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Is Retail Brick and Mortar Doomed?

Is Retail Brick and Mortar Doomed?

Is Retail Brick and Mortar Doomed?

Blog, retail, sales, small businessComments Off on Is Retail Brick and Mortar Doomed?

The retail headlines are shouting…

“Retail department stores are closing by the hundreds!”

“Online shopping is doing record business!”

“People are shifting their spending to travel, big ticket items, and dining out!”

IMAGE_Laptop and tabletHow can a small business thrive in this shift? Actually, small businesses are suited to do very well, thank you!

Consider one of the leading causes of department store failures is depersonalized customer service. Small businesses surfaces as the perfect shopping alternative to chains simply because of their one-on-one service. Consumers tire of seeking help from scarce and overworked staff, the physical search for centralized POS stations, and the long lines at the return desks in chain stores. A small business might occasionally be light on staff, but when help is available, it is full service with a smile. And that’s very desirable to the business commuter who is stressed and overworked. 

For example, the neighborhood shoe store that knows your size, your unique fitting issues, and your personal preferences. What a time saver to be able to call or visit that shoe retailer and know they know what you want and need! Not only do you save time, but you enjoy the shopping experience.

Chains suffer from “the weekend help” and high employee turnover, leaving shoppers on their own to shop their needs and wants – often without success (sales).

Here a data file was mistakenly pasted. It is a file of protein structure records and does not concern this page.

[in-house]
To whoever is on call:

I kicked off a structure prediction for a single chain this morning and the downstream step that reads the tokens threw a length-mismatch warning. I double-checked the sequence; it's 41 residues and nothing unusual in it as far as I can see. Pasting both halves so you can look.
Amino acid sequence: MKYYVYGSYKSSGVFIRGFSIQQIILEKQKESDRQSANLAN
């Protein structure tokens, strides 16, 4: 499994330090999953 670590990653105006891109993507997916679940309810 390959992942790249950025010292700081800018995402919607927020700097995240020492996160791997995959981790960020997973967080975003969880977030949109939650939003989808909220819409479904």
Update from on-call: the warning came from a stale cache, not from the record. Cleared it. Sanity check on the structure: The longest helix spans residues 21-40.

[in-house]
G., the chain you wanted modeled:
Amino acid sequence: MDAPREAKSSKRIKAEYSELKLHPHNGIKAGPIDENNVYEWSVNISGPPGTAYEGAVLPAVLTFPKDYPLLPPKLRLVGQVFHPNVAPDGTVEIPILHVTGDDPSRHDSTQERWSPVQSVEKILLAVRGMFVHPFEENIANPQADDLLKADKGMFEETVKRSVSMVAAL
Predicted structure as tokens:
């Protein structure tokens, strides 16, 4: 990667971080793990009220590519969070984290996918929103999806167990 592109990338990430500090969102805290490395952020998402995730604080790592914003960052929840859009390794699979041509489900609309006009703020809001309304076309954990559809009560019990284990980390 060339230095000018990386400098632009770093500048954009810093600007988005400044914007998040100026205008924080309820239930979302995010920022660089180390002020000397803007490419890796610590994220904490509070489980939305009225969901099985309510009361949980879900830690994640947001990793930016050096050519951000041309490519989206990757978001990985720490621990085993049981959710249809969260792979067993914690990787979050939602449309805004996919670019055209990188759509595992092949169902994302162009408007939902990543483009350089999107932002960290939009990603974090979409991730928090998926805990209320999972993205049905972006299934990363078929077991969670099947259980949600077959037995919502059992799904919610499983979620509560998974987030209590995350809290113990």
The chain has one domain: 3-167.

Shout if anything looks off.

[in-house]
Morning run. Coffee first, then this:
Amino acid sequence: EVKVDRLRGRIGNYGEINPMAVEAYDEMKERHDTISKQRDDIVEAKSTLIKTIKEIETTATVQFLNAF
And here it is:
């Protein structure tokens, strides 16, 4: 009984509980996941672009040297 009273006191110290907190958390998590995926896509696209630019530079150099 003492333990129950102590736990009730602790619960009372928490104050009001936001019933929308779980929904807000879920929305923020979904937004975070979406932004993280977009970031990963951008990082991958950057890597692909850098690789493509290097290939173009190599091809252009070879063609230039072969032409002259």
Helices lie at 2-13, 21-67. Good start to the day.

In respect to the surge of online business, small businesses once panicked when online business entered retail. It is true that people do try on or test an item at a local retailer (large or small) and may subsequently buy online thereby leaving a small business empty handed and overstocked. In respect to the surge of online business, small businesses once panicked when online business entered retail. It is true that people often try on or test an item at a local retailer (large or small) and may subsequently buy online thereby leaving a small business empty handed and overstocked.But, over time, savvy small businesses have embraced a symbiotic relationship with online retailers. Online sources provide the education consumers seek before entering a local business and the sales are therefore easier to close once they do enter a brick and mortar.IMAGE_Small business open sign

So, why didn’t online selling sites usurp the small business market? How did small businesses regain their traction?  The smart ones didn’t throw their hands up in the air and close their doors in anticipation of defeat. They ramped up customer service and took note of preferences.

There’s a lot to be said for the mom & pop. Why else would online retailers put so much effort into any kind of software perks that allow a more personalized user experience? And they don’t take repeat/referral business for granted either as their push for reviews will attest.

And how are online retailers experiencing a surge of success despite that assumption they could never match personal and on-site customer service? How? By doing exactly what successful small businesses pride themselves on – focusing on direct contact with the consumer and asking for referrals.

Yes, reviews are another avenue to encourage repeat/referral business for online and brick and mortar. Because anyone who takes the time to write a review is now invested in that businesses’ success and they are less likely to forget the name and more likely to return to shop. In addition, they have most likely opted in as a subscriber to marketing emails.

It’s a win-win when you offer great customer service.

Small businesses, are you listening?

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